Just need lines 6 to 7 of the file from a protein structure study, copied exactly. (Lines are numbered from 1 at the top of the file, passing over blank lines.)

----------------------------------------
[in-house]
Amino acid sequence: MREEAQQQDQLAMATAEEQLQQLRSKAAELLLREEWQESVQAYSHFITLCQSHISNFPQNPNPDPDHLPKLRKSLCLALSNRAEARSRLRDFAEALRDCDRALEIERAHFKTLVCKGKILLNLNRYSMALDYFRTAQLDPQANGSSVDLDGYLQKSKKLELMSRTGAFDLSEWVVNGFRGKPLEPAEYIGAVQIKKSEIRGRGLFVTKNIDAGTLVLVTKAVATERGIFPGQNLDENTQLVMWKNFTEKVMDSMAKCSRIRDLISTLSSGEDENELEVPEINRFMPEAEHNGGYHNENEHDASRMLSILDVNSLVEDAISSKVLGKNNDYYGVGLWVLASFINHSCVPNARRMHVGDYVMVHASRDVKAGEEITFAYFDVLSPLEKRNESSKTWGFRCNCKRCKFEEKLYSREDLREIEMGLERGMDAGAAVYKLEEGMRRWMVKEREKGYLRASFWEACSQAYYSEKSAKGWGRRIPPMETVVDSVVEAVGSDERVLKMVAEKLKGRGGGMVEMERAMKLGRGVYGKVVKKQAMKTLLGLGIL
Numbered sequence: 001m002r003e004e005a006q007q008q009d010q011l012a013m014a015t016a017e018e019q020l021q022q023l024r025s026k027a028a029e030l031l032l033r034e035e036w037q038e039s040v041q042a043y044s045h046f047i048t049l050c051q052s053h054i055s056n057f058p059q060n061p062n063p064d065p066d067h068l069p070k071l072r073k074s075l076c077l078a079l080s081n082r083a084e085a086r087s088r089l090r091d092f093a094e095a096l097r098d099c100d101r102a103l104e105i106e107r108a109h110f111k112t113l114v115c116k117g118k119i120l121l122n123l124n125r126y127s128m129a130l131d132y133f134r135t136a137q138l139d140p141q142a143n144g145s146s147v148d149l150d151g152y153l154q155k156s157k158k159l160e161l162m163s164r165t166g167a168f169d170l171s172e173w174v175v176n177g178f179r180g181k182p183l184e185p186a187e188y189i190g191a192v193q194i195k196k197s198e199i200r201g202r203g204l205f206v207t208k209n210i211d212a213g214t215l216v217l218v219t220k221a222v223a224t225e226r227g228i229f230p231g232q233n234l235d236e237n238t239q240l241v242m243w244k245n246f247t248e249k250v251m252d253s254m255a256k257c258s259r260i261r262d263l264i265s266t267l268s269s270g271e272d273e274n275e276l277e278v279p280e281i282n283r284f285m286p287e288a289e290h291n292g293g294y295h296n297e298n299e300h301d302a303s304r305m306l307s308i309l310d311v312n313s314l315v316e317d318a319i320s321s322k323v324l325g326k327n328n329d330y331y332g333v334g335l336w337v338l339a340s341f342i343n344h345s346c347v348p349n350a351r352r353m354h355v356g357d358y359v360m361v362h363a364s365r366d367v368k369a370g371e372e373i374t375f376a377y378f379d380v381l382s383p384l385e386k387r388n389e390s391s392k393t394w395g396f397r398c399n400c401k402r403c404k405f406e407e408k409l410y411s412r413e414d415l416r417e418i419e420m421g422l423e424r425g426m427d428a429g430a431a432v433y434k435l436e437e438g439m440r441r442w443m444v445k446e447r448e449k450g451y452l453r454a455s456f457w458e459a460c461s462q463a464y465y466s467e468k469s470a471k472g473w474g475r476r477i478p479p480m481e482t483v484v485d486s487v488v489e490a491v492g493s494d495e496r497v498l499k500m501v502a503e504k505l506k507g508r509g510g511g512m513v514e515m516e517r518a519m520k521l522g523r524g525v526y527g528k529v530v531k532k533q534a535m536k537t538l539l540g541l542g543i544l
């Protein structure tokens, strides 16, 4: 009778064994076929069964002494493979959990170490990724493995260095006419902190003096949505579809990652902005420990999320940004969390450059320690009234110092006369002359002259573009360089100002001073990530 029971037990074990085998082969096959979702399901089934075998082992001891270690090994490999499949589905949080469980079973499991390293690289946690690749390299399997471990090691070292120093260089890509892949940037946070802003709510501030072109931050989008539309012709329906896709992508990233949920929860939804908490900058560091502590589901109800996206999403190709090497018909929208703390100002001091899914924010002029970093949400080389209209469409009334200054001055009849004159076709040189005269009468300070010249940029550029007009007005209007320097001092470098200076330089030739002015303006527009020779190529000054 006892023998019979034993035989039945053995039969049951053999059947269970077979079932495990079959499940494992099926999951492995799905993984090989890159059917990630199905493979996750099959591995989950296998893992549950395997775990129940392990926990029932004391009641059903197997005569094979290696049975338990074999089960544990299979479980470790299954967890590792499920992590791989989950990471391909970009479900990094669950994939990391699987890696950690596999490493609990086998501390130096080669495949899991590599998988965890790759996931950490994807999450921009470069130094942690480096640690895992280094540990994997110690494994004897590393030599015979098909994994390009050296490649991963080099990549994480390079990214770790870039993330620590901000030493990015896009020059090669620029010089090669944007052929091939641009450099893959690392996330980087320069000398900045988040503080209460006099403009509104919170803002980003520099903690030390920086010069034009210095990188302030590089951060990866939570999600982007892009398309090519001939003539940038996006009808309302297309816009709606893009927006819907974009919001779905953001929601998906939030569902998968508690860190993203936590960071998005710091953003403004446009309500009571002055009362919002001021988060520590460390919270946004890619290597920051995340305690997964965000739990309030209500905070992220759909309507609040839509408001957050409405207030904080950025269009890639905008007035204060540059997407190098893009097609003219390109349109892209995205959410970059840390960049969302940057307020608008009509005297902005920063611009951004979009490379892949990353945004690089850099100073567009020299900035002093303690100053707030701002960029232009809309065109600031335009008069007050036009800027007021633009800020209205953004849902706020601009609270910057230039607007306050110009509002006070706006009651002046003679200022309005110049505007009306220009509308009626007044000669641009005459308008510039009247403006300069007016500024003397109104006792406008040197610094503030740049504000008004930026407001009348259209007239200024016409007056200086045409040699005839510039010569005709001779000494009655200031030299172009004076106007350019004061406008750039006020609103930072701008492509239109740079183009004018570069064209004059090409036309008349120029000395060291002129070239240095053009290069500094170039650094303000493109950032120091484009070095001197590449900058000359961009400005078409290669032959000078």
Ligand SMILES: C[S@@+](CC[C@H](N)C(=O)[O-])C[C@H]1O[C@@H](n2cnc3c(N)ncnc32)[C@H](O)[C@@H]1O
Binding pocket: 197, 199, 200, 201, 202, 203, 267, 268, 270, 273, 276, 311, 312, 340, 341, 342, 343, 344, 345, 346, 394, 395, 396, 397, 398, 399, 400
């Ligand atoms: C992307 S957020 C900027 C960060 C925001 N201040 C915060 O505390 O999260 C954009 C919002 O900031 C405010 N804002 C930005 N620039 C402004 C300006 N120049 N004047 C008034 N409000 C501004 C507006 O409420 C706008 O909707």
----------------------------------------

Binding pocket: 197, 199, 200, 201, 202, 203, 267, 268, 270, 273, 276, 311, 312, 340, 341, 342, 343, 344, 345, 346, 394, 395, 396, 397, 398, 399, 400
């Ligand atoms: C992307 S957020 C900027 C960060 C925001 N201040 C915060 O505390 O999260 C954009 C919002 O900031 C405010 N804002 C930005 N620039 C402004 C300006 N120049 N004047 C008034 N409000 C501004 C507006 O409420 C706008 O909707």